Piloting a gamified platform with Sports Science

We have recently presented a paper that is looking at the perceived impact of competitive and collaborative environments on summative assessment. This study based its investigation on the StarQuest platform (http://starquest.eu/), a social and gamified collaboration application hosting a private online environment for small groups of individuals to co-curate and share digital contents. The project was in collaboration with Playgen Ltd, who developed the platform.

The pilot was carried out with the Sports Science team, where the target participants were the second year undergraduate students (Sport Psychology, n=94), who enrolled on a module entitled “A Fundamental Approach to Motor Learning and Control”. The module was carried out by Mike Smith, Mike Duncan et al. for 11 weeks and the curriculum was delivered using a Problem-Based Learning (PBL) approach. Students were allocated to one of 20 tutorial groups, which consisted of approximately five students per group. There were five members of staff who acted as PBL facilitators and the curriculum was divided into four two-hour lectures, seven two-hour tutorials and three two-hour lab sessions. Problems were set from current issues in the world of sport and students had to prepare group and individual information related to providing a solution to the problem before the first tutorial.

The results highlighted a number of strengths and weaknesses of implementing a gamified online platform for team working, which will inform future design, development and deployment of gamified and learning platforms. The pilot demonstrates that teamwork skills can be scaffolded via StarQuest, and the mode the teams were impacted on their level of engagement and attainment in the learning process.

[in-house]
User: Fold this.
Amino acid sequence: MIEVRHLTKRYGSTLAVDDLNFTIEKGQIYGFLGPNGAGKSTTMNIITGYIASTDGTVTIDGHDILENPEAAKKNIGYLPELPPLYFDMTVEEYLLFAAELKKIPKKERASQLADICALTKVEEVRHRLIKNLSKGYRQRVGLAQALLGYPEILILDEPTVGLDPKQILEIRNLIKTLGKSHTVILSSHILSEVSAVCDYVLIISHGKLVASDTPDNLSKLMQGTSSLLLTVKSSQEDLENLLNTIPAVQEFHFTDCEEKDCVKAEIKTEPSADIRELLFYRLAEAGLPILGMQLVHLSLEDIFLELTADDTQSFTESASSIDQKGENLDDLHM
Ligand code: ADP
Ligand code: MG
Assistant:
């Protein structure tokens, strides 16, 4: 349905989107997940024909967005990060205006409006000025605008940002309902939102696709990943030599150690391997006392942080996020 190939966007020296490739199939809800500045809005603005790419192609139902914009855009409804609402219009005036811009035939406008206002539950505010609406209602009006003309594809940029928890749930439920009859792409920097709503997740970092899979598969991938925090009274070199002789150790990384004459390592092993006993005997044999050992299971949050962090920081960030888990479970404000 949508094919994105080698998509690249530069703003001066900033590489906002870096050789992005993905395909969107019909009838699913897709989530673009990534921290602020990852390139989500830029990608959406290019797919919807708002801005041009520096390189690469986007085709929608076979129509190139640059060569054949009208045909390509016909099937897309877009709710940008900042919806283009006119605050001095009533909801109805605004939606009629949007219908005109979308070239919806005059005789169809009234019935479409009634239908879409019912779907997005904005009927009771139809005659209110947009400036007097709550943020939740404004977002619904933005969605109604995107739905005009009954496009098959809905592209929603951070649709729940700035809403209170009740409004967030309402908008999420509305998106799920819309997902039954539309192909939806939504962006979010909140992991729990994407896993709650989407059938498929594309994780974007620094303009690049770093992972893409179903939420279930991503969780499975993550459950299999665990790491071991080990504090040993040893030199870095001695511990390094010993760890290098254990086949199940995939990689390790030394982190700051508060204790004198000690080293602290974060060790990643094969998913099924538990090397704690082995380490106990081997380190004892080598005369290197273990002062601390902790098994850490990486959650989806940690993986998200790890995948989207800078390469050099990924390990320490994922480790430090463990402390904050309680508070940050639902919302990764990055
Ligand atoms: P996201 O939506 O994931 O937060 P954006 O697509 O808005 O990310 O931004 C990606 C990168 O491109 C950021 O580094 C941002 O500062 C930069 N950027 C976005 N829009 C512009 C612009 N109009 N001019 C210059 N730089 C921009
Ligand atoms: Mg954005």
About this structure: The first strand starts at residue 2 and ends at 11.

The academic achievement data suggests that the gamification of learning does not necessarily result in improved attainment for all students. It is clear that the marks for coursework 1 for those in the Collaborative condition were significantly lower when compared to those in the Control and Competitive conditions. Analysis of interaction data indicates that autonomy afforded within the control and collaborative modes encouraged learners to interact more with the system, whereby the competitive group interacted less (less liking and commenting on others’ posts) but competed more within the platform and possibly outside the platform judging from their coursework marks.

The study suggests that the motivational orientation of the learners (individually and collectively) influences the learning dynamics, and that the Competitive group outperformed those in the Collaborative group, which we propose is due to the Sport Psychology students being naturally competitive, in order to increase their level and position in relation to their peers. This suggests that the subject area being studied may attract a different type of student (e.g. Sport Psychology versus Art and Design), which consequently may have significant influence over whether a competitive or cooperative climate would be most advantageous in their learning and consequently summative assessment. Therefore, further investigations into the reasons for this anomaly are required.

The pilot also emphasises that the provision may prove to be more effective with level 1 students compared to other advanced levels, linking to the motivational conditions of learners (individually and collectively) that influence the learning dynamics and culture as they level up which has also been recommended when implementing PBL in to the curriculum. Many of the level 2 students this study had already been introduced to a systematic way of looking at the PBL pathway in the level 1 module ( and consequently had already established their own collaborative methods and channels of communication in the first year, e.g. using Facebook and WhatsApp groups.

Slide deck for the ECGBL 16 conference is as shared below. The slides summarise some of the key insights. The paper should be published in the proceedings soon.

 

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